Banos Travel Blog

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I have to say it - my first impression of Banos wasnt great - it wasnt what I was expecting.  Sure, the town has the most picture perfect setting with mountain hemming it in from all sides.  But arriving in Banos itself, you come into a concrete mass of unfinished buildings (I hear its a typical South American law that means if a building is unfinished, the owners dont pay tax on them) - I guess in my mind I had an idea of colonial houses and lovely whitewashed churches.  Alas, not here.  But sometimes it takes a bit of time for a place to grow on you, and thats what happened in Banos.

Paul and I checked into the Israeli-owned Hostal Transilvania (yeah, great name guys), which was pretty basic, but it did the job, especially as we had a dorm to ourselves ($7/night).

  We popped out to explore and had a beer or two in Bar Mocando before meeting up with Harald and Sylvie for dinner. We found a little Italian place called Buon Giornio which was pretty cool and had a decent pizza.

I was in need of a day of total relaxation, so Paul and I took a leisurely stroll the next day to Puente San Francisco so see the great views across the valley and down to some of the waterfalls.  We stopped off to eat some ´taffy´(the local Banos speciality, bit like rock made from sugar cane and ultra sweet) before spending the afternoon soaking in the El Solado thermal baths (entrance $1.60) - the water looked a bit murky and certainly looked natural, but it was lovely with the view of the mountains and being in water that was about 40 degrees.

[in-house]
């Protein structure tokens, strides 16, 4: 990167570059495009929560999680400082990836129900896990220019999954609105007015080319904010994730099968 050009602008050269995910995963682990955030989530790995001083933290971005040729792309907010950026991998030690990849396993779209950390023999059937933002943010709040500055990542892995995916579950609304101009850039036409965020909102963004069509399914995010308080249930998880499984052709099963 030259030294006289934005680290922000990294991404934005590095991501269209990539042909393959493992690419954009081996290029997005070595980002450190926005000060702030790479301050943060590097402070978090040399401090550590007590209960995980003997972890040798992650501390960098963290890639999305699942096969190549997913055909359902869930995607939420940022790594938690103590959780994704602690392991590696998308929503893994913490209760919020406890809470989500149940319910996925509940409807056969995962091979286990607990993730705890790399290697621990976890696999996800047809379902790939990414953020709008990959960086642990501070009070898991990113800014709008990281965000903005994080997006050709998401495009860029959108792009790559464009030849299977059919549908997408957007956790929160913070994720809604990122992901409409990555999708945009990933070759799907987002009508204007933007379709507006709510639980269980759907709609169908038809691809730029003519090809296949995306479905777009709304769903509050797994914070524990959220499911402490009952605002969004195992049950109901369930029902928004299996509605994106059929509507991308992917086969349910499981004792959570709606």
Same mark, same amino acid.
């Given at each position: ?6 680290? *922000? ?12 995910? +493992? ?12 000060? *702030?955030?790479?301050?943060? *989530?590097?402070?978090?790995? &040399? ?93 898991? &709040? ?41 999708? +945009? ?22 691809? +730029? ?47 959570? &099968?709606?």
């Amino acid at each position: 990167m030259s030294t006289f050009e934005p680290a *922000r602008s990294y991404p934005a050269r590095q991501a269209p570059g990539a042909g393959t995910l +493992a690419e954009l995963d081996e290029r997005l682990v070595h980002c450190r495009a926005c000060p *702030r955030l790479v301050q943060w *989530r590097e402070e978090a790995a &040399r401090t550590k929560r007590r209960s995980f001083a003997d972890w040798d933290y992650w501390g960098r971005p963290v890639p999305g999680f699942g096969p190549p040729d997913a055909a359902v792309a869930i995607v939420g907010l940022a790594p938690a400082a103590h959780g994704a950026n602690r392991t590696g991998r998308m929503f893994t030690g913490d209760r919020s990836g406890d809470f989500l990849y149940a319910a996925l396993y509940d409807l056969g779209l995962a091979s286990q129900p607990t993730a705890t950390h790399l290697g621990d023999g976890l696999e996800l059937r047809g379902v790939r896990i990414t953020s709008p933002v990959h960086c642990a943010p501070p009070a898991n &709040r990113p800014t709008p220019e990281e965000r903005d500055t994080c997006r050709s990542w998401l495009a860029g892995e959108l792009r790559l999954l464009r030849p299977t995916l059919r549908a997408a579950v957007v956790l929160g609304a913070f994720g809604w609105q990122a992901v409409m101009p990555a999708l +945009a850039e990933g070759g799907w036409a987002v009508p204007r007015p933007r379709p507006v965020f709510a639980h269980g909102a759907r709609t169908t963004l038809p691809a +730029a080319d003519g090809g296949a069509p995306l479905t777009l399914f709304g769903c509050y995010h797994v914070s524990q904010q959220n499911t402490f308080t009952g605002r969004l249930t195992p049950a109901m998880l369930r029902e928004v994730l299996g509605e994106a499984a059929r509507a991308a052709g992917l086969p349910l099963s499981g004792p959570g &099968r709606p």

Coffee and cake on the walk back and that was our day done, couldn´t have been better!  We popped out to ´Cafe Good´in the evening for a $6 pepper steak, swayed by the added attraction that they were showing Last King of Scotland which is a fantastic film and a great way to finish the day.

We agreed to meet Harald and Sylvie the next day to do the Ruta de las Cascadas (the waterfall road) and bargained well to get two dune buggies for the day - what great fun!  They were only $6/hour each buggy so it didn´t work out much per person for the day.  Unfortunately it rained most the day after we set off, but it did make the waterfalls more impressive (from a volume point of view) and despite getting totally soaked and covered in crap, I loved skidding round the dirt roads.  Unfortunately we got a bit over zealous and Paul´s bag flew off the buggy smashing his SLR camera to pieces, so he wasnt in the best mood when we got back...I left him to stew for an hour or so before we went to the other thermal baths in town (Thermas de la Virgen) which have an even better location close to town and with a waterfall backdrop and soaked for a few hours to soothe away the bump and bruises from the day.  I have now decided that the next place I live must have natural thermal springs....its a great way to unwind after a hard day!

yadilitta says:
I enjoyed reading your blog. I was in Banos a couple of months ago and recognize some of the places you were mentioning like the Casa Hood and sure, the taffy! It was a bit rainyi when I was there too...
Posted on: Oct 11, 2009
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